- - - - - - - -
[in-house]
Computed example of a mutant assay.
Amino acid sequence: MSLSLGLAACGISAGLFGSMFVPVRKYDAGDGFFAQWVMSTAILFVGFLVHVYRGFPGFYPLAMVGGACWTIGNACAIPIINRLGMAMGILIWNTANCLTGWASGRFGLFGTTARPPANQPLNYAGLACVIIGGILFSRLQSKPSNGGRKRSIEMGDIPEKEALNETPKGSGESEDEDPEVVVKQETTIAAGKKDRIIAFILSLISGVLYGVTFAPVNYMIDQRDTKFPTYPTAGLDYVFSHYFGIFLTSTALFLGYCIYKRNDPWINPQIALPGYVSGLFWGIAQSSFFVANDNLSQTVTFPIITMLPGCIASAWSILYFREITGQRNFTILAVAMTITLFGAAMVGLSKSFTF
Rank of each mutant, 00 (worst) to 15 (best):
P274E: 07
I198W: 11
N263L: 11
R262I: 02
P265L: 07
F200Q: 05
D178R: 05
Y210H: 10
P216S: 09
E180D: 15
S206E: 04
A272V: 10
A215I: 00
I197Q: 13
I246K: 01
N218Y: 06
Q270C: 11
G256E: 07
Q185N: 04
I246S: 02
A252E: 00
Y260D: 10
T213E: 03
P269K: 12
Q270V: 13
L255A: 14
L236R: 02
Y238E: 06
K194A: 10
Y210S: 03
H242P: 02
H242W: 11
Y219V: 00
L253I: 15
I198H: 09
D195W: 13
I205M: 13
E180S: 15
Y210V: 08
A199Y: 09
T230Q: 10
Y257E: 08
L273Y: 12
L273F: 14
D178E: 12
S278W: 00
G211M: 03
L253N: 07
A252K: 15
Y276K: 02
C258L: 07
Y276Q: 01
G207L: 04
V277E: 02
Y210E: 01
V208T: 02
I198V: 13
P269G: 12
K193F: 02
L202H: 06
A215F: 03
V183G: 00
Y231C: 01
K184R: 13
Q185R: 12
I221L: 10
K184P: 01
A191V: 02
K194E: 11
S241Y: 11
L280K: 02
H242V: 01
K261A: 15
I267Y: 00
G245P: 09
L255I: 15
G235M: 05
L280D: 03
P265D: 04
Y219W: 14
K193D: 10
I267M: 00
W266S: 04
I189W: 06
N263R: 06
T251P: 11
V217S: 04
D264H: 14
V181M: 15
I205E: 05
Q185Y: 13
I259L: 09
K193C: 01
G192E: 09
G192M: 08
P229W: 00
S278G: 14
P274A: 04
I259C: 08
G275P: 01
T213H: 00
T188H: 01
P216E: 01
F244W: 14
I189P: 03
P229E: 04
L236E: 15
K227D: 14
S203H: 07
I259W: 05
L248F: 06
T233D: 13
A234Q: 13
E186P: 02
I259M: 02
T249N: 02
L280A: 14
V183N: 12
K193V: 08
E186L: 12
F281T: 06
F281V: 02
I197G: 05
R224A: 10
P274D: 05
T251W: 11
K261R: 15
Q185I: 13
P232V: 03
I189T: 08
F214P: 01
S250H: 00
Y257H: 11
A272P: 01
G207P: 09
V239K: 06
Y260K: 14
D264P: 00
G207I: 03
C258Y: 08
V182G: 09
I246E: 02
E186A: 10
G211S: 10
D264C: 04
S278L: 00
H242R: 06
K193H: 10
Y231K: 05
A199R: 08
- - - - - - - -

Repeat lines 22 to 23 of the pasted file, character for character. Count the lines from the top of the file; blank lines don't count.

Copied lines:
G256E: 07
Q185N: 04